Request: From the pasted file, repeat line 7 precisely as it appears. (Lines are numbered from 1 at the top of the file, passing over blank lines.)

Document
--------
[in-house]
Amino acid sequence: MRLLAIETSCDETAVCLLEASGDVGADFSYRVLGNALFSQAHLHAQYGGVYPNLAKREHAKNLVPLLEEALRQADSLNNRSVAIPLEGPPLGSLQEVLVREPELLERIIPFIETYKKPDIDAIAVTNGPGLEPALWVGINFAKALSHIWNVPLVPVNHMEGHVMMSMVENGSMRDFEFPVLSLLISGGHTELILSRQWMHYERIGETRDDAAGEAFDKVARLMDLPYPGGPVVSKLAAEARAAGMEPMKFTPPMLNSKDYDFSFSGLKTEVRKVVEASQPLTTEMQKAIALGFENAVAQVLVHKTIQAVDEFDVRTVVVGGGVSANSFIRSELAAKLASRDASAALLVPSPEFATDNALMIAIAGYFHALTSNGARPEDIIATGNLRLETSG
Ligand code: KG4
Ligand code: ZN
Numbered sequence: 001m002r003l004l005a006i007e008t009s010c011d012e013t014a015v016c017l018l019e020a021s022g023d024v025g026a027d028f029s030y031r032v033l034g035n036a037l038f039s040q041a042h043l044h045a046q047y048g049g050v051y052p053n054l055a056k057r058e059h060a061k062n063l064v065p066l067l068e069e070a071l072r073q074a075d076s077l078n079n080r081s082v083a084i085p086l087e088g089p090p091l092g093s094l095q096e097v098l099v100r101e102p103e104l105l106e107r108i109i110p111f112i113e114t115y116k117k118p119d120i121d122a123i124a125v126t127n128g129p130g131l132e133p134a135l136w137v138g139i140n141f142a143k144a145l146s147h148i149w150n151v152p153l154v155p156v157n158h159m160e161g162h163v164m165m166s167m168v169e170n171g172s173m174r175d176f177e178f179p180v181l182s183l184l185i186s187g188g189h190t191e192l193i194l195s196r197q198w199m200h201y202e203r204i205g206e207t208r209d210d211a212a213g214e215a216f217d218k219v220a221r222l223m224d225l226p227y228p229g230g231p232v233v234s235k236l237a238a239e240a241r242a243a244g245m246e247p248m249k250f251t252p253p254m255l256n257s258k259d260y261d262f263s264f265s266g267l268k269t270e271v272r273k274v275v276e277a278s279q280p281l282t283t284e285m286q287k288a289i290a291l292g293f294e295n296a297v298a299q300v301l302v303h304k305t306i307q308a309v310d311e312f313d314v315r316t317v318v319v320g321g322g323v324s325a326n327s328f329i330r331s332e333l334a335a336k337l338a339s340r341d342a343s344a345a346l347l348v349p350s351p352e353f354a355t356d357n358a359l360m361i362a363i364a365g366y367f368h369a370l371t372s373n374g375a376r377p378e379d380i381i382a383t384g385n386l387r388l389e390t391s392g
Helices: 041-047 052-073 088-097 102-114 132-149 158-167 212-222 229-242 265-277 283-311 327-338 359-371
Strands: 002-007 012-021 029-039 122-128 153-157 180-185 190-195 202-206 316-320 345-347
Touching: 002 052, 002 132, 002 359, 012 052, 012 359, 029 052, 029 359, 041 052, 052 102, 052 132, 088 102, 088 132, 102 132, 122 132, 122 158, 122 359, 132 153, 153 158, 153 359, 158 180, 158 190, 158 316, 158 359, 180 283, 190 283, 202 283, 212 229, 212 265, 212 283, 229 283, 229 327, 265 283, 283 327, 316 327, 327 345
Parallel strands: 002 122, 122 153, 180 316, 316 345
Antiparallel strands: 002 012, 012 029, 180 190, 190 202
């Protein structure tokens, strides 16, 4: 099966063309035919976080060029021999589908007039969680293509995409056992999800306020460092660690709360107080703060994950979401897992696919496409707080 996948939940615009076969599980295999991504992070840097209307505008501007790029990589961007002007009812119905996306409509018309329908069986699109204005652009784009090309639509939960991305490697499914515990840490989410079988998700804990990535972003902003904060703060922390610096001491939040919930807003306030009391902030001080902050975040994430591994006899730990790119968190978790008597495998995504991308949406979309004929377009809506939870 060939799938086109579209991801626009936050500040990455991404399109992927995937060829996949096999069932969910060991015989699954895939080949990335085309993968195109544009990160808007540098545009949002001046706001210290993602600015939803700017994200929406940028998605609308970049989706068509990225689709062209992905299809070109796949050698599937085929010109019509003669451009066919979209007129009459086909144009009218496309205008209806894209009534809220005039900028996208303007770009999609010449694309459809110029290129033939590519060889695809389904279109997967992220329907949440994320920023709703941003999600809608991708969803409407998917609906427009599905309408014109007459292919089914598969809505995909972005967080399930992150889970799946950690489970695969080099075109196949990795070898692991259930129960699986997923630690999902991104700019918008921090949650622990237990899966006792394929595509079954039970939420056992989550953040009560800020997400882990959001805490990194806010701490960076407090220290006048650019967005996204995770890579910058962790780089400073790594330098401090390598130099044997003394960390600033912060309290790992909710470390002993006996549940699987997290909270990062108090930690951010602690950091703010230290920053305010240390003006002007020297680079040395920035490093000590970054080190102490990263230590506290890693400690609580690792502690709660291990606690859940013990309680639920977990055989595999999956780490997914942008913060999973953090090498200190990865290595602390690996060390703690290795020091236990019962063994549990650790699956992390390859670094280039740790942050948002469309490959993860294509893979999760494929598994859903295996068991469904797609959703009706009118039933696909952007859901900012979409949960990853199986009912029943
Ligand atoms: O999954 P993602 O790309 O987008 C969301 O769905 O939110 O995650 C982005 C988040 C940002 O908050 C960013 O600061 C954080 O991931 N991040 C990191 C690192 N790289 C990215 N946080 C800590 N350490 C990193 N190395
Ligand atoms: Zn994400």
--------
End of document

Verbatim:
Strands: 002-007 012-021 029-039 122-128 153-157 180-185 190-195 202-206 316-320 345-347